Rabbi Avi Weiss, head of theYeshivat Chovevei Torah. Rabbi Asher Lopatin will be replacing him as head of the school.

The Torah notes that even when we are dispersed God will return us to Him.

Rabbi Sacks

Simply, for Rambam the number 14 (2×7) was his favored organizing principle.

Rebbetzin Esther Jungreis

One of the cornerstones of our Jewish life is chesed, kindness. Chesed can only be taught by example

Our understanding of what is and what is not possible creates imagined ceilings of opportunity for us.

This young, innocent child gave me a powerful, warm surge of energy and strength.

The Chafetz Chaim answered that there are two forms of teshuvah; teshuvah m’ahava and teshuvah m’yirah.

Question: I recently loaned money to a friend who has been able to repay only part of it. This was an interest-free loan. We exchanged a signed IOU, not a proper shtar with witnesses, since I have always trusted her integrity and only wanted a document that confirms what was loaned and what was repaid. Now that shemittah is approaching, what should I do? Should I forgive the loan? And if my friend is not able to repay it, may I deduct the unpaid money from my ma’aser requirement?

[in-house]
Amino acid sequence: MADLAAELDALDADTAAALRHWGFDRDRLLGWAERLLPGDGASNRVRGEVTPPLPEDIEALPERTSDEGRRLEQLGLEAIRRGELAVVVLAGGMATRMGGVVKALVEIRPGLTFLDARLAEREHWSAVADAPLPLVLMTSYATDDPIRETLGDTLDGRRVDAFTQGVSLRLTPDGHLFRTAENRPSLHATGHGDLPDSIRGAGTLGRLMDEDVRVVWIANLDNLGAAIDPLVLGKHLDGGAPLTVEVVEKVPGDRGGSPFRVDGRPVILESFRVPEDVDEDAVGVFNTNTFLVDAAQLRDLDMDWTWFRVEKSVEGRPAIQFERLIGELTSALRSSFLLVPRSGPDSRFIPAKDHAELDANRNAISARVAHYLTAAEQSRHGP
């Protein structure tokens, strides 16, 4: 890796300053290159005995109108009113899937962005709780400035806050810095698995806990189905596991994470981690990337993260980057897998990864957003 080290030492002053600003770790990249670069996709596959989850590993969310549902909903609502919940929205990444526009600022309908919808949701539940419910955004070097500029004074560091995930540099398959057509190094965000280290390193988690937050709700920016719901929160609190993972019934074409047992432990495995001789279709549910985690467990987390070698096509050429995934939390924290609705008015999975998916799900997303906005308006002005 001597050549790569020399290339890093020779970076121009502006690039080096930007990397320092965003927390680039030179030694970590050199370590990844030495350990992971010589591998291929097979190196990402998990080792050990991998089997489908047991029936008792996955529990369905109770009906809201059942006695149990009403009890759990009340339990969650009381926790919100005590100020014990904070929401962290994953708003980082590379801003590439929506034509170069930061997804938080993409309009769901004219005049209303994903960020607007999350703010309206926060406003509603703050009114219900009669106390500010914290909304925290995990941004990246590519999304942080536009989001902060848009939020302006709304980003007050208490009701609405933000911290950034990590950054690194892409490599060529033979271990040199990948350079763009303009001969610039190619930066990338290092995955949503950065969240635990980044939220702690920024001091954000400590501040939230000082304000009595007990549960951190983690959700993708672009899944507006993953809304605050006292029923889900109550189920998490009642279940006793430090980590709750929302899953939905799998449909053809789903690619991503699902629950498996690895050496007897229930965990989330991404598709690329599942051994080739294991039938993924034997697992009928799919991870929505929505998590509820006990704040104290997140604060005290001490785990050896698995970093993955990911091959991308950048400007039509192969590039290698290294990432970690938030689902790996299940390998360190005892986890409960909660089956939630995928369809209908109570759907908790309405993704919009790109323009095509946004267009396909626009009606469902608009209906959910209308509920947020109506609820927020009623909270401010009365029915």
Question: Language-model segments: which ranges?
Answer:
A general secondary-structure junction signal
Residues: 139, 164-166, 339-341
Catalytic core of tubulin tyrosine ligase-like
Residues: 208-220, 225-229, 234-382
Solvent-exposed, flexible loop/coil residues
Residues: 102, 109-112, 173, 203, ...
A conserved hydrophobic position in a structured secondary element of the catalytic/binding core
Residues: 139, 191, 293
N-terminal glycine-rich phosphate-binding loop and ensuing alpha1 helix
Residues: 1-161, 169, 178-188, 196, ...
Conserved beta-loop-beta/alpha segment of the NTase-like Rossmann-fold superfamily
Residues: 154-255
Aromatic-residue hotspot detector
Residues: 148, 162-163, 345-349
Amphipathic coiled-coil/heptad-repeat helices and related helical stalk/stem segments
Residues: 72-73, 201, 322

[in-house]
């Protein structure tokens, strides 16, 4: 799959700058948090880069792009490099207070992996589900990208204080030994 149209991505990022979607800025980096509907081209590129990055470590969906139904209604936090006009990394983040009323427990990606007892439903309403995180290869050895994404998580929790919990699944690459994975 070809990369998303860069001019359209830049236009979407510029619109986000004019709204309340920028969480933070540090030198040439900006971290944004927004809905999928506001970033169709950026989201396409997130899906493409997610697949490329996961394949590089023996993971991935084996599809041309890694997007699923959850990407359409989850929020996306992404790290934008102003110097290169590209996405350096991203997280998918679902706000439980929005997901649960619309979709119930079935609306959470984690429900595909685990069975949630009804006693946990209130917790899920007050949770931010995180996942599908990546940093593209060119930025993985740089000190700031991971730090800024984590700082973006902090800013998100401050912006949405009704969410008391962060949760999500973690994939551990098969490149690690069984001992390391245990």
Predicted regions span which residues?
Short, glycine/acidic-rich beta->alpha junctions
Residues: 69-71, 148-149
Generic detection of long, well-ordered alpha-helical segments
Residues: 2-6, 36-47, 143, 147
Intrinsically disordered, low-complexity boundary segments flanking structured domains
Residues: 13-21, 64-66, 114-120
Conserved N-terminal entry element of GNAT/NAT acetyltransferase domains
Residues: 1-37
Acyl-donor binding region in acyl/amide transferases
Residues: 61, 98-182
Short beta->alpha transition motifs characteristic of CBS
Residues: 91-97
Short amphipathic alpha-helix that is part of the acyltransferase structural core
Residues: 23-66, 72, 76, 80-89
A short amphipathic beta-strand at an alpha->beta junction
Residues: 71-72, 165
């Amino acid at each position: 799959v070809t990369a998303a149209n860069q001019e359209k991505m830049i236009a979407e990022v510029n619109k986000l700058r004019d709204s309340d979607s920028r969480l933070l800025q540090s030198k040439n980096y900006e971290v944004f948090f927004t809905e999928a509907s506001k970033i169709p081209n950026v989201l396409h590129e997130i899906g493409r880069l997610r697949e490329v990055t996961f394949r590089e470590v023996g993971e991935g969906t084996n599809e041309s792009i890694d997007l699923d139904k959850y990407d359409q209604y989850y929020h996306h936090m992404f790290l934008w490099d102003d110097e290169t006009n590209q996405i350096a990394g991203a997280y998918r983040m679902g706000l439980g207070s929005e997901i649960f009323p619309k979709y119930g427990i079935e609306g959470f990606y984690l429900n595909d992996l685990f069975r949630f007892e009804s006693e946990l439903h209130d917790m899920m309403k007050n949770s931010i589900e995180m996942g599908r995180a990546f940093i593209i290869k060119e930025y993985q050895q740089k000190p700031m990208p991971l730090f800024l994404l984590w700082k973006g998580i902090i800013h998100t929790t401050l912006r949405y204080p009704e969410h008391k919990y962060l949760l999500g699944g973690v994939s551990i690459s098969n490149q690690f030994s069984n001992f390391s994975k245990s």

Name Withheld

A Role Reversal
‘Return, O Wayward Sons…’
(Chagigah 15a)

When the Kleins returned, however, they were dismayed to see that the renters did a poor job cleaning up after themselves.

In Parshas Re’eh the Torah tells us about the bechira to adhere to the commandments of Hashem and refrain from sin. In Parshas Nitzavim, the Torah tells us that we have the choice to repent after we have sinned.

As Moshe is about to die, why does God tell him about how the Israelites will ruin everything?

Jonah objected to God accepting repentance based on ulterior motives and likely for short duration.

This week’s parsha offers a new covenant; a covenant that speaks to national life unlike any other

All Jews are inherently righteous and that is why we all have a portion in the World to Come.

More Articles from Rabbi Raphael Fuchs
Taste-of-Lomdus-logo

The Chafetz Chaim answered that there are two forms of teshuvah; teshuvah m’ahava and teshuvah m’yirah.

Taste-of-Lomdus-logo

Since it is a Rabbinic prohibition we may follow the more lenient opinion.

They ask, how can Rabbeinu Gershom forbid marrying more than one wife, when the Torah explicitly permits it in this parshah?

First, how could a beis din of 23 judges present a guilty verdict in a capital punishment case? After all, only a majority of the 23 judges ruled in favor of his verdict.

According to Rabbi Yishmael one was not permitted to eat such an animal prior to entering Eretz Yisrael, while according to Rabbi Akiva one was permitted to eat animals if he would perform nechirah.

Tosafos there takes issue with Rashi’s view that the letters that are formed in the knots of the tefillin are considered part of the name of Hashem.

The Rambam says that in order to honor Shabbos, one must wash his hands, face, and feet with warm water on Friday.

Printed from: http://www.jewishpress.com/judaism/parsha/do-you-have-to-hear-yourself-daven/2013/01/10/

Scan this QR code to visit this page online: